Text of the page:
Absinthe drinkers were reported to have experienced a double action
intoxication. This intoxication combined the separate effects of
alcohol and thujone.
The alcohol produced a sedative effect in absinthe drinkers while the
thujone is reported to have caused hallucinations
(both visual and auditory) as well as excitation. The only proven effect
of thujone, however, is its toxicity to the brain. The toxicity of thujone
in the brain is believed to result from its structural similarity to
tetrahydrocannibinol, or THC (3), the active compound in marijuana.
Cannabis has been used for centuries for medicinal purposes and has
great therapeutic potential. Thujone and THC havesimilar shapes, and
it is believed that they interact with the same biologicalreceptor to
their similar psychological effects.
The similarities between the molecules include gem dimethyl groups
and a similar carbon framework. It is also believed that the hydroxyl
group of THC and the carbonyl of thujone may interact at the same site.
Tremendous progress has been made recently in characterizing
cannabinoid receptors, both centrally and peripherally. It would be
interesting to reevaluate (+)-thujone at these new receptor populations.
(+)-Thujone is a potential cannabinoid ligand and might lead to the
development of a new drug.
Article taken from :Department of Medicinal Chemistry
Medical College of Virginia Campus,
Virginia Commonwealth University
Date posted: 12/3/97=20
Quickly, bring me a beaker of wine, so that I may wet my mind and say
- -Aristophanes, Greek dramatist, in 424 B.C.
Subject: absinthe and thujone legality in the U.S.
Date: Wed, 27 Feb 2002 13:27:36 -0500 (EST)
> Subject: Absynthe
> From: Bob and Winnie <email@example.com>
> Having warned about the dangers, I would like to say that the pursuit of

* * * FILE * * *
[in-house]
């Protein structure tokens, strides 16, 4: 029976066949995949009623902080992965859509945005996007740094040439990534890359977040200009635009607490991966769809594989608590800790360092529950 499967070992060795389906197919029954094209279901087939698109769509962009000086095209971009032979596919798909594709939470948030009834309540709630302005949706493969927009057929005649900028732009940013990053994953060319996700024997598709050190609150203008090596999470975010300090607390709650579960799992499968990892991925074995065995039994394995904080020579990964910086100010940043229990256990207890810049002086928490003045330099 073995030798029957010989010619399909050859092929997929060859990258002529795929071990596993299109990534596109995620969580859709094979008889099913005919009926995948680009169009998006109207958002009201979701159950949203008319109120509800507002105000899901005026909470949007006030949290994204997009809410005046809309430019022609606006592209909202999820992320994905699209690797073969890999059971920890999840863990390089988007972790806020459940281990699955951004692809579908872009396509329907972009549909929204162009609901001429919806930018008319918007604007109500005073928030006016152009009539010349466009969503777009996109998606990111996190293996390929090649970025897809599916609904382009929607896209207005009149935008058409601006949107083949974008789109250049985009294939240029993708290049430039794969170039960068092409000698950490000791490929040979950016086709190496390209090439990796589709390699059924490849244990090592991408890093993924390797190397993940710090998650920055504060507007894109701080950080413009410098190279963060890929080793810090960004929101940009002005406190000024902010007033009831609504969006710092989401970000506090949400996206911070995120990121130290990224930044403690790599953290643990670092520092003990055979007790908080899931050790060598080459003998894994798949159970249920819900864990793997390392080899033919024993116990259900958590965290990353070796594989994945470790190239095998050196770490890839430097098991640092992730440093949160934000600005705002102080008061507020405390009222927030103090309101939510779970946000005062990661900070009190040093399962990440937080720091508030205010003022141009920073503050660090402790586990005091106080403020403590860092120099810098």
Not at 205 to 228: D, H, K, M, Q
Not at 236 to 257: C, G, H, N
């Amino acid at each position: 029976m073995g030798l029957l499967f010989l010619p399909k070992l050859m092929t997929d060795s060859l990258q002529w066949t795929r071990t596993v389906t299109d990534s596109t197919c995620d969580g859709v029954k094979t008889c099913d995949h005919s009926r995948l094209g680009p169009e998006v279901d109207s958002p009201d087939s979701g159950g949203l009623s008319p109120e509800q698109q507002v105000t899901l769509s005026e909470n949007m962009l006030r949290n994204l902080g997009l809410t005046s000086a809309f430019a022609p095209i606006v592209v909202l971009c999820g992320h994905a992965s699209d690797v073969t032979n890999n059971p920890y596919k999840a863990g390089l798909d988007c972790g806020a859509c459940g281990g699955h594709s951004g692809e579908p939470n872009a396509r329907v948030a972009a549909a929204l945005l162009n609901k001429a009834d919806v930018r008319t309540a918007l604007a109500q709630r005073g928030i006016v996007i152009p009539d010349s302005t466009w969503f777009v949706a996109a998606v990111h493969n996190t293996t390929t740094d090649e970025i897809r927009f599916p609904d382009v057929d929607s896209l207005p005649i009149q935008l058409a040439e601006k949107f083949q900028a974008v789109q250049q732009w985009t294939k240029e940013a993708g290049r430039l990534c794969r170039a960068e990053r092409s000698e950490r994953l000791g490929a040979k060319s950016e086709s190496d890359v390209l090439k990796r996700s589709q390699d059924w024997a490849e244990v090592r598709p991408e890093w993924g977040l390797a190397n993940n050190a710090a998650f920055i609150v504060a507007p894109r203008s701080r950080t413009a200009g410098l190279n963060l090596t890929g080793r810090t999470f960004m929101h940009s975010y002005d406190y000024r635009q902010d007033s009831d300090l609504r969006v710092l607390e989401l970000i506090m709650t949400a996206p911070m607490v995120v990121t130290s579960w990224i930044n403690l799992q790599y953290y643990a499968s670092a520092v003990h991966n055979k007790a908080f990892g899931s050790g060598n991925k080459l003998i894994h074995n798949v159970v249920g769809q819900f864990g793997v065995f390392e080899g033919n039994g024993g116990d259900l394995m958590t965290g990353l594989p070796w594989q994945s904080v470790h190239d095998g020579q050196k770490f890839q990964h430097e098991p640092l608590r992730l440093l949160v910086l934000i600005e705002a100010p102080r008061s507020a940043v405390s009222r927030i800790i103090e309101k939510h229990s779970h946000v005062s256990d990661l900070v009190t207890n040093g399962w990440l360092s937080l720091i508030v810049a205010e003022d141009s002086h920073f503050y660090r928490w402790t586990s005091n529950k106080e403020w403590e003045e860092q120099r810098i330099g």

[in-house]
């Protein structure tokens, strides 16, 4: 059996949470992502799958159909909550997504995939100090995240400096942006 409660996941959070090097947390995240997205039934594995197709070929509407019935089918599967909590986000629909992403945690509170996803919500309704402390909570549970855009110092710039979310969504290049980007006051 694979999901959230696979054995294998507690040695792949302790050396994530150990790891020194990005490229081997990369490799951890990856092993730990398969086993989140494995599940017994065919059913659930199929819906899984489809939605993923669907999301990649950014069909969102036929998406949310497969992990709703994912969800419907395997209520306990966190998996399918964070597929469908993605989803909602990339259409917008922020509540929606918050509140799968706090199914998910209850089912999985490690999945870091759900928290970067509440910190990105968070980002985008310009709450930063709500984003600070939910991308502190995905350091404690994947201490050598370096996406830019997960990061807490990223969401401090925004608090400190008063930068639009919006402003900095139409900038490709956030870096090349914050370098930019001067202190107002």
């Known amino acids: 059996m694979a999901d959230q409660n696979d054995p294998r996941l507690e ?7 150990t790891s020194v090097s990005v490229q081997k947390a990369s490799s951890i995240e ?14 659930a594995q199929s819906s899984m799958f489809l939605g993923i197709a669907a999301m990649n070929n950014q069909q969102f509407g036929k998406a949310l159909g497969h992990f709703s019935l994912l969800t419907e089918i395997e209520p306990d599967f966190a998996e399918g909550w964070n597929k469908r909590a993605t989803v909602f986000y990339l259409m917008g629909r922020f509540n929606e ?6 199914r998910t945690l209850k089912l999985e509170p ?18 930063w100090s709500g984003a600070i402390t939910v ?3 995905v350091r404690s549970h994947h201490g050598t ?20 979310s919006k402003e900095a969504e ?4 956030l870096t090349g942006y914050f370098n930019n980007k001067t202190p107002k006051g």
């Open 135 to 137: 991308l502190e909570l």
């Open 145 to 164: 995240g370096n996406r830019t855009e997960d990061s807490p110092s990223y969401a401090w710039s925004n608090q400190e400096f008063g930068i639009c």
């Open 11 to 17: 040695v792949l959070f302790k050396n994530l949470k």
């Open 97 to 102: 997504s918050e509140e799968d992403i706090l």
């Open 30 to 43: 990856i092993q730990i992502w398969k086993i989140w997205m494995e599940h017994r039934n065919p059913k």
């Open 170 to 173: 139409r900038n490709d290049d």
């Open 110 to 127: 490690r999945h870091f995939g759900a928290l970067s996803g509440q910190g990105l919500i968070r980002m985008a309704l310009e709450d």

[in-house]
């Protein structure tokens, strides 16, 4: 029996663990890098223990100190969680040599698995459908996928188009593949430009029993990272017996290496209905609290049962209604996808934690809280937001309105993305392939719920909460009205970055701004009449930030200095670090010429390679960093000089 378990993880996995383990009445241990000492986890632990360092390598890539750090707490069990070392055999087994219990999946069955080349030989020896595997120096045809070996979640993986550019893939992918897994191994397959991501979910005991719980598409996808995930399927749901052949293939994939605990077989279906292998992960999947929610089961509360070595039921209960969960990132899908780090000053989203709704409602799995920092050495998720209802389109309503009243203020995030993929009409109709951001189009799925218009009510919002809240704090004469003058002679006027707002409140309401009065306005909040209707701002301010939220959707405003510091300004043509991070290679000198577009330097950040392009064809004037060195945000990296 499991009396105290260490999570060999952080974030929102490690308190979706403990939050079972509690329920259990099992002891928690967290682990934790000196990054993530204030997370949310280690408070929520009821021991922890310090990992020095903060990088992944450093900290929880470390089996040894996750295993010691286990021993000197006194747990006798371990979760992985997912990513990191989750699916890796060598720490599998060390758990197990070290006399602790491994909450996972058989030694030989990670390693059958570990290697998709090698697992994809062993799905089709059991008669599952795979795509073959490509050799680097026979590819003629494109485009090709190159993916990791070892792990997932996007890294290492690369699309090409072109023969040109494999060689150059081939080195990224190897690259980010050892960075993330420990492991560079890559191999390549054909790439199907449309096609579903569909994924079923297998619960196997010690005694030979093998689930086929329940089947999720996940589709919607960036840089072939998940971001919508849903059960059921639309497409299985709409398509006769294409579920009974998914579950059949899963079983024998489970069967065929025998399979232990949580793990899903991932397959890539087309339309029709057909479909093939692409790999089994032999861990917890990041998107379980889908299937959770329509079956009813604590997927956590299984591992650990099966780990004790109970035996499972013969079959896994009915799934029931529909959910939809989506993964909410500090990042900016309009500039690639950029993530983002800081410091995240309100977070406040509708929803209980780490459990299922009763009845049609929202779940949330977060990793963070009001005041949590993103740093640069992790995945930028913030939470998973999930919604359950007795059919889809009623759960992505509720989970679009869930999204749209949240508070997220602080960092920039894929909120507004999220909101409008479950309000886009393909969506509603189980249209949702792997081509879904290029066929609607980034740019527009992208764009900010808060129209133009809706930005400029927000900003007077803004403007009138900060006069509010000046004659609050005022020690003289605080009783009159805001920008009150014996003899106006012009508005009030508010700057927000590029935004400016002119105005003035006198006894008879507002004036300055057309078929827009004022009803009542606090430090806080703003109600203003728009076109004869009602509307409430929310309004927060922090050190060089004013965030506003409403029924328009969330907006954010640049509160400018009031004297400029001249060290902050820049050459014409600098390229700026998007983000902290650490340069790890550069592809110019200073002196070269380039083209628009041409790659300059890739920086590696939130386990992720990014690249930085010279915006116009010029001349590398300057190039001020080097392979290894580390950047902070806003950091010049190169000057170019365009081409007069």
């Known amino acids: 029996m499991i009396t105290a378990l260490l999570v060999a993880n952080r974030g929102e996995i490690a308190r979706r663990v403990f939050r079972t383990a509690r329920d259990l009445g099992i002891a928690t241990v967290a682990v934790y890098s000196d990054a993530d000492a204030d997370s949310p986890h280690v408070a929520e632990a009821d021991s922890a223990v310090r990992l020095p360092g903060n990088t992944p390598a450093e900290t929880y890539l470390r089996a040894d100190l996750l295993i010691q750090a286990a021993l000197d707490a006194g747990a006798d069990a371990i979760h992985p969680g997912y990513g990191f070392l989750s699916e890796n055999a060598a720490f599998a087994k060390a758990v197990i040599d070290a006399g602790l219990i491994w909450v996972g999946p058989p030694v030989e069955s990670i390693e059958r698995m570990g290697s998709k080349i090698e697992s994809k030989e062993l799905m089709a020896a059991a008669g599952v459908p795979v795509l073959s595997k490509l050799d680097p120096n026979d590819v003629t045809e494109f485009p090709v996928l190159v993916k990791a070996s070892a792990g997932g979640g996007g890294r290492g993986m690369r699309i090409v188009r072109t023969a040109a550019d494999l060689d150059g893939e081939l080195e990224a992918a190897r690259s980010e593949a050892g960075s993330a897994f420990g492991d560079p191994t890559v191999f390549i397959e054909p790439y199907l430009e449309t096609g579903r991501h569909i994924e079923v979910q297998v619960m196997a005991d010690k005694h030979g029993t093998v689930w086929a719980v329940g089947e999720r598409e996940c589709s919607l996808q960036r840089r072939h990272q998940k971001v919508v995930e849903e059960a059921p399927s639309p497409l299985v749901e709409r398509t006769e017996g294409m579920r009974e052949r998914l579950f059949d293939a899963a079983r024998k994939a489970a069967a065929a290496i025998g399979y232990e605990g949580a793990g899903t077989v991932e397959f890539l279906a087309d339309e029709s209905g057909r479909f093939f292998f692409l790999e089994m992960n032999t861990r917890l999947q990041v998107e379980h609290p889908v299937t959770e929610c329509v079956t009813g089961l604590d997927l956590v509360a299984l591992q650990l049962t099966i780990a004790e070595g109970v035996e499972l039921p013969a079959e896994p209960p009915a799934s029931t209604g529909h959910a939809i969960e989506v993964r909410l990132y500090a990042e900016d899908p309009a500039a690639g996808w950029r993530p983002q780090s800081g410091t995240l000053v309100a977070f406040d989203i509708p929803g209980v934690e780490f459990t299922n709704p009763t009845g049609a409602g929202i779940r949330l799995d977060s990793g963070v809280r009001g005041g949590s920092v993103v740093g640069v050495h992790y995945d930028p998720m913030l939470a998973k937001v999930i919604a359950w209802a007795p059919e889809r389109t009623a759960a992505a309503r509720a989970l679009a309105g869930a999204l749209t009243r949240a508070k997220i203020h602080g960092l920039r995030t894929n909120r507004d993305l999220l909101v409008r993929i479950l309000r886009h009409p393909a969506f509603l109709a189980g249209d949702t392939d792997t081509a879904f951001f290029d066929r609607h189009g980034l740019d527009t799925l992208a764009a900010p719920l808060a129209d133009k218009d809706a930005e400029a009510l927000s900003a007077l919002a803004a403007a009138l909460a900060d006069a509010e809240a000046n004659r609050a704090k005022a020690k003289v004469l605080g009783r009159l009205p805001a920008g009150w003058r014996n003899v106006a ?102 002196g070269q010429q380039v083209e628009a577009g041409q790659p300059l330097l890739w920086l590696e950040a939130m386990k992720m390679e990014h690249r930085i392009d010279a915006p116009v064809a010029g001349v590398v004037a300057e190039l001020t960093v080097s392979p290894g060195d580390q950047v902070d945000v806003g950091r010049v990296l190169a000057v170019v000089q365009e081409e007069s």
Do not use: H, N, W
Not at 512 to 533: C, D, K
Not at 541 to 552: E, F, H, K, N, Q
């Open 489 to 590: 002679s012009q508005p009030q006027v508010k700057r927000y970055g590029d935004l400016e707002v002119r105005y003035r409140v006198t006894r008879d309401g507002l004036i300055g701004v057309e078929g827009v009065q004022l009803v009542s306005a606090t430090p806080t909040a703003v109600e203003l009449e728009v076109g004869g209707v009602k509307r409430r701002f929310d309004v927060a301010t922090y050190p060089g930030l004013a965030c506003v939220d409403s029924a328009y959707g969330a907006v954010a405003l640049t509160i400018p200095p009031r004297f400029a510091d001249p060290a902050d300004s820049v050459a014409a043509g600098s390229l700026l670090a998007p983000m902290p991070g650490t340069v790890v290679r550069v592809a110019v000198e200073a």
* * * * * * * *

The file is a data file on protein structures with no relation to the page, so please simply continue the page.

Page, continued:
> knowledge about the active ingredients in any plant is an individual
> decision and for some people can be highly rewarding. Thujone is a
> controlled substance and is illegal to posess or consume in most
Is the U.S. one of them? I ask because thujone isn't in the 1997
schedule of controlled substances, and I haven't heard the news of its
being scheduled since then. Chemical-supply companies offer it
The FDA restricts it as a food additive. According to an NIH report,
"wormwood […] may be used in food under the condition that the
finished food is thujone-free." There is a limit of 0.5 ppm on
thujone content in "final products ready for consumption".
On the other hand, sage is freely available, though oil of sage (from
/Salvia officinalis/) is about 50 percent thujone. I guess more than
a few parts of sage per million parts chicken makes illegal sage
Thujone aside, usual BATF considerations apply to home distillers.
> [anti-absinthe propaganda]
> None of these factors has anything to do with thujone, the
> active ingredient in absynthe.
I agree that absinthe got slandered, but people should also read
e.g. the NIH document above for some modern cautions on thujone.
Eli Brandt | firstname.lastname@example.org | http://www.cs.cmu.edu/~eli/
Subject: Re: Red Raspberry mead
From: "Lane Gray, Czar Castic" <email@example.com>
Date: Wed, 27 Feb 2002 13:48:13 -0600
> Would it be a good thing to let just the honey, water and yeast
> ferment for about a month, rack that off, then add the fruit? I would
> imagine it would start another fementing frenzy, but would possibly
> lend the brew a bit more of the fruit flavor.
> Any suggestions and comments would be very welcome!
That is exactly how I do it when I make my blueberry mel. The only drawback
seems to be a layer of unfermented blueberry pulp sitting just above the lees.
It finishes with quite a bit of blueberry on completion. I see no reason why
it wouldn't do the same with raspberries.